I agree with you, small, low-key, non-intrusive ads are the only option going forward, or we will get rid of all advertising and the sites will switch to micro-payments or monthly subscriptions... And the whole thing will collapse.
We need to find the happy medium, where sites get enough revenue to keep going and visitors don't get so annoyed with the revenue generators, that they stop coming to the site or block the revenue generators and drive the sites off line.
It is your computer, but it isn't your content that you are (generally) reading. How much are you paying those websites for their content? Nothing? So why is it unreasonable for them to display a (static) advert?
I am fine with that. As long as the ads aren't annoying me, I'll let them come through and help sponsor the sites I am visiting, because I generally want to keep coming back. If the site doesn't earn any income, then it might not be there next time I need / want to visit it.
What I don't agree with is corporate websites and product websites that also have advertising, it is your corporate presence, WTF are you doing showing ads on it?!?!?
@Teiwaz beat me to it, I was going to write the same thing.
We use them for sales and support, so they aren't exposed to the knocks that the iPads and Android devices are. We use Hugg cases for transport, but they are generally used in the office, in sales meetings or in customer offices, when doing support.
As to getting the users to use cases, we haven't had any problems so far. They are happy to have something they can carry around (instead of running to a fixed mounted 15" industry terminal), the iPad is also a lot thinner and cheaper than the industry PC tablets they used to have -. about 4 times as thick, rubber cased, Intel Core i3 jobbies for over 2K, running Linux.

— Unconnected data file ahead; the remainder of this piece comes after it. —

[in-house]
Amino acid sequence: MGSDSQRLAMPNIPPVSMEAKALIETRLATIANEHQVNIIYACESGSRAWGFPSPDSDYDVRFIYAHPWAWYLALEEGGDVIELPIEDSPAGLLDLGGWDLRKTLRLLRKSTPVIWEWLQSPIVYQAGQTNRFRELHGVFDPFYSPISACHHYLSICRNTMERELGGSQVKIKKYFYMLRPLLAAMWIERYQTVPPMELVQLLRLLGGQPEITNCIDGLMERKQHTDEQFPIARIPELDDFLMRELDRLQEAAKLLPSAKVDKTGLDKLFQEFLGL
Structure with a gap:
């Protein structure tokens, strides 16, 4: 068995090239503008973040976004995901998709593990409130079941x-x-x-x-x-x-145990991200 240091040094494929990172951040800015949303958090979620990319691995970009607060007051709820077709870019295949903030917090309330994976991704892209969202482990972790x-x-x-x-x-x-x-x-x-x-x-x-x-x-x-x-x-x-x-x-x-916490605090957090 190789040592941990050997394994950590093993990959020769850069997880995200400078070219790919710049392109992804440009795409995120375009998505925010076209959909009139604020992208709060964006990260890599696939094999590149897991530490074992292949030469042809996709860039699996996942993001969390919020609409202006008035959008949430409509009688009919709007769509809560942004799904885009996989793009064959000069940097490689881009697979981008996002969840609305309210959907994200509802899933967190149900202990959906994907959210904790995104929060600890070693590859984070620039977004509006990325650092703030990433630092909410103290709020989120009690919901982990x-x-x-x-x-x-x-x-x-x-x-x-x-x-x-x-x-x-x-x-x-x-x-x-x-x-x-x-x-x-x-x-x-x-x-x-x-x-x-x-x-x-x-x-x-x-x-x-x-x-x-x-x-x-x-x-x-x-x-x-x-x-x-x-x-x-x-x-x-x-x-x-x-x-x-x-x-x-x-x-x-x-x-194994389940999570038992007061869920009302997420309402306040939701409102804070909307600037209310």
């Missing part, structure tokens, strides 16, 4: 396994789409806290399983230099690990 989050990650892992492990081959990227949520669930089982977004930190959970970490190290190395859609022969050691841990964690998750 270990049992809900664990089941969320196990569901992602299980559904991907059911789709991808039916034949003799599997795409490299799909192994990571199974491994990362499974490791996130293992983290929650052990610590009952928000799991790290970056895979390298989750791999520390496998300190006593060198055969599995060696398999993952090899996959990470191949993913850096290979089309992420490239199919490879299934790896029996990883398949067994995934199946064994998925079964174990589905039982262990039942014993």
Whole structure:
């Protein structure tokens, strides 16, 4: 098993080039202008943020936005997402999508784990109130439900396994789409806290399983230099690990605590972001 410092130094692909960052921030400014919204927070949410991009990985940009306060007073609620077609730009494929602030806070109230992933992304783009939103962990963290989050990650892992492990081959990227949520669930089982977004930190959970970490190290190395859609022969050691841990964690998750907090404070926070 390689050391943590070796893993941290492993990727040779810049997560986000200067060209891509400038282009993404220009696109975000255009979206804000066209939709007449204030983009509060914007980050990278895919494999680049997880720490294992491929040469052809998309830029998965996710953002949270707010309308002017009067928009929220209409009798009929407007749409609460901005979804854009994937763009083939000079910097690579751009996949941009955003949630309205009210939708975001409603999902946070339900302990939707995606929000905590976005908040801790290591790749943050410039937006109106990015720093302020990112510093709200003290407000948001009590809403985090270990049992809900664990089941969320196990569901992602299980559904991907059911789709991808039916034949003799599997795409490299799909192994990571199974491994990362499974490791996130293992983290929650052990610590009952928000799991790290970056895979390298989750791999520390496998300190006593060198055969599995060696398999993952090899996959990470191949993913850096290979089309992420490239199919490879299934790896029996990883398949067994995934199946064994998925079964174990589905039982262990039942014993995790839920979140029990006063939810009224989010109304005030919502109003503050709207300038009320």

If they complain, we suggest dropping the iPad in a vat of pigs blood and see how well it works afterwards... The Griffin case just needs hosing down afterwards. :-D
The problem with the current SP3 is that it is not passively cooled, so there aren't any really tough cases, because they also have to have slits to allow the hot air out, which means that it also lets dust and fluids in,..
With the Surface 3, we might see some cases offering more protection.
I like that they are looking at choice.
We sell iPads with the Griffin case to some of our slaughter house customers for stall management. The cases work very well - although I still wouldn't use an iPad, given a choice.
We also have customers that only use Android.
Internally we use everything - although Surface Pro 3s seem to be very popular at the moment, as they replace the desktop and the tablet in a single device (desktop dock with dual external monitors for the desktop, keyboard case for typing on the move and finger and pen input for meetings and "proper" tablet apps.
Charlie's team showed how lax security was on the "smart" traffic system in Turin in 1969. It looks like nothing has improved since then...
The US armed forces seem to have been reading the dystopian novels about the dangers of using drones lately, and ignoring the dystopian effects of drones (especially autonomous drones and swarms) and just seeing woo, cool tech, how can we implement it?
Since when has search required low latency?
Telephony, video? Yes. Search? WTF?
The biggest problem with Google at the moment is that the results are becoming more and more orientated around shopping and less and less around information.
If I search for a handbook on a device, often the first 2 pages are just lists of shops, sponsored shops and sponsored links to the product name and comparison sites. If I am looking for the handbook, it is more than likely that I've already bought the bloody thing and I don't want to know how much it damned well costs, I want to find out more information about it!
But what the EU is looking into (looking into, not currently prosecuting), is whether advertisers and sponsors get preferential placement, compared to more relevant results, among other things.
One are I do agree is bogus is shopping comparison sites moaning about their ranking. If I am searching for something, the last thing I want in the list of results are links to other search engines!